The Netflix show follows a special team within the FBI, spearheaded by Agents Bill Tench ( Holt McCallany) and Holden Ford ( Jonathan Groff), that investigates what makes serial killers tick during the ''70s.
The first season premiered in October 2017 and the show was formally renewed for its sophomore outing, which debuted in August 2019.
However, since then, the streamer and the director haven''t announced a third season. Earlier this year, Groff, McCallany and Anna Torv were released from their contracts due to uncertainty over the show''s future.
In an interview with Vulture, Fincher said he is "probably" done with show as it was a costly endeavour for him.
"I think probably. Listen, for the viewership that it had, it was an expensive show. We talked about ‘Finish ''Mank'' and then see how you feel,'' but I honestly don''t think we''re going to be able to do it for less than I did season two. And on some level, you have to be realistic about dollars have to equal eyeballs," the filmmaker said.
Fincher further said that the show was a "lot for me" as he spent six to seven months a year for over three years in Pittsburgh in order to work on the series.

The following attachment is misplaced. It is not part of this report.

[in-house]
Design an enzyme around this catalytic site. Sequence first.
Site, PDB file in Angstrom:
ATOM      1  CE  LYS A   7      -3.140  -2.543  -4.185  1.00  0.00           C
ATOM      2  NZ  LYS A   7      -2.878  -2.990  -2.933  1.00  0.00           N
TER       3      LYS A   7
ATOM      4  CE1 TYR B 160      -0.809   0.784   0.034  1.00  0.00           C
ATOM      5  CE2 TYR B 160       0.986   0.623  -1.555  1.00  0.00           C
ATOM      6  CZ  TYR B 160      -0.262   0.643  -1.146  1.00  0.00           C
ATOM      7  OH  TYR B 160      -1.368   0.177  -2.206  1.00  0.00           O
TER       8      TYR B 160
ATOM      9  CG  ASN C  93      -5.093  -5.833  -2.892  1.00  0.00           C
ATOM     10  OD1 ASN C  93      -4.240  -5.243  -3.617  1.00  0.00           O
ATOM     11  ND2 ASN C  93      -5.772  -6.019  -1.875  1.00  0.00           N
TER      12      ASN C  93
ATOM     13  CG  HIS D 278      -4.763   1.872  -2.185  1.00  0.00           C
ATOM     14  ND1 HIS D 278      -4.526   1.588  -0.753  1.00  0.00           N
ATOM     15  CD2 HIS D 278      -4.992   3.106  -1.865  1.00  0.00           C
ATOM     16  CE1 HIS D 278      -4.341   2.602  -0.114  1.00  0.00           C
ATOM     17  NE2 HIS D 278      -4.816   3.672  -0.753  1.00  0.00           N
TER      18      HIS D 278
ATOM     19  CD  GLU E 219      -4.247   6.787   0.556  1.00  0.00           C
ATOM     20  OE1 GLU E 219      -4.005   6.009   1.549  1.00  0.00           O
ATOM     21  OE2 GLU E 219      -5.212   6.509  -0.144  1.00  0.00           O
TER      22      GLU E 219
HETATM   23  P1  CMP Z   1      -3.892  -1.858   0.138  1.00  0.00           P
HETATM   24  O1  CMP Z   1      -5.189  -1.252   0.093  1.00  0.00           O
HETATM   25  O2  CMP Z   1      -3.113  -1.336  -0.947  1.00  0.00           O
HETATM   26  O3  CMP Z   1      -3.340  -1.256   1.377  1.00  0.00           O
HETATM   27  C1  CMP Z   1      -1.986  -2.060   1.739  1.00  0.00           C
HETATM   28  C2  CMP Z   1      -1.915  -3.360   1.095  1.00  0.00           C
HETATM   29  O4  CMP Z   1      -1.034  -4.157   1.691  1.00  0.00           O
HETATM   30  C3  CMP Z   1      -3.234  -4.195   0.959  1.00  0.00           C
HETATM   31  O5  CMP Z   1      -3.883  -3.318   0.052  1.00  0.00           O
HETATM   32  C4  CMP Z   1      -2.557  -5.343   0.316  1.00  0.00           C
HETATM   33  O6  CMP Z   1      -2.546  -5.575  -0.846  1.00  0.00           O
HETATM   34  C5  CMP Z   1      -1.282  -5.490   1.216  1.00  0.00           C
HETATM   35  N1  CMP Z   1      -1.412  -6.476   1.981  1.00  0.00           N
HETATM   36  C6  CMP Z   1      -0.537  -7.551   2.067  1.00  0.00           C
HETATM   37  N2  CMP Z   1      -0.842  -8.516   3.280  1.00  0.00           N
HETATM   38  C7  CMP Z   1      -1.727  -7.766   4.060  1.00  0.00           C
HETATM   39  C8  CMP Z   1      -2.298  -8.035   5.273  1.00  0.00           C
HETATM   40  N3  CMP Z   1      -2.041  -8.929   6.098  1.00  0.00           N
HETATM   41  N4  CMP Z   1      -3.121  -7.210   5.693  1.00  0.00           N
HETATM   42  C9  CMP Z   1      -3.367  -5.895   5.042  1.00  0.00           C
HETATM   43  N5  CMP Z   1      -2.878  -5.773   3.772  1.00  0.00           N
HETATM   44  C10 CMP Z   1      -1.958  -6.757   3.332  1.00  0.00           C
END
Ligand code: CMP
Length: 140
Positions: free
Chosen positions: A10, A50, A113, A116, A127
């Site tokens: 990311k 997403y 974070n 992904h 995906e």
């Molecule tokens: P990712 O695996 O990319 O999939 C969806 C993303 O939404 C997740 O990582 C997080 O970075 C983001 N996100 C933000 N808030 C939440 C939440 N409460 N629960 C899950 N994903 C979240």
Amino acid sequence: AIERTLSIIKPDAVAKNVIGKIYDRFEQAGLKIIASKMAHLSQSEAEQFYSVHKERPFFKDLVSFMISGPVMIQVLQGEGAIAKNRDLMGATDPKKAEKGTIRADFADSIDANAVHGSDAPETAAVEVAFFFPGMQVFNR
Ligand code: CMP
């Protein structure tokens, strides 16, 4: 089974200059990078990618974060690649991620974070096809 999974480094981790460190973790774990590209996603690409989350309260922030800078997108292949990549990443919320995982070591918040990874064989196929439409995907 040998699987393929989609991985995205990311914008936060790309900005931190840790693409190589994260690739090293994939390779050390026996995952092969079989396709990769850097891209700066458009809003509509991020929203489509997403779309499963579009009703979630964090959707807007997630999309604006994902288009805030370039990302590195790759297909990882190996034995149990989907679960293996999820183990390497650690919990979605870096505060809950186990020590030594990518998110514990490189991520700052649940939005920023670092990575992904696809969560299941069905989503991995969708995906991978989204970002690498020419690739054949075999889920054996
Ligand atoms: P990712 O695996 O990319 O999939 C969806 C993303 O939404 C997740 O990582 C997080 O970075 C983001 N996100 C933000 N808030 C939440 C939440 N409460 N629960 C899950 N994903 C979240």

"We had done the first season of ‘Mindhunter’ without a showrunner, with me pinch-hitting on a week-by-week basis. We started getting scripts for the second season, and I ended up looking at what was written and deciding I didn’t like any of it. So we tossed it and started over.
"I brought in Courtenay Miles, an AD I’d worked with who wanted to write, and she ended up co-showrunning ‘Mindhunter.’ But it’s a 90-hour work week. It absorbs everything in your life. When I got done, I was pretty exhausted, and I said, ‘I don’t know if I have it in me right now to break season three''," the director said.
Fincher''s upcoming movie is "Mank", based on the life of "Citizen Kane" screenwriter Herman J Mankiewicz. The movie will be released on Netflix on December 4.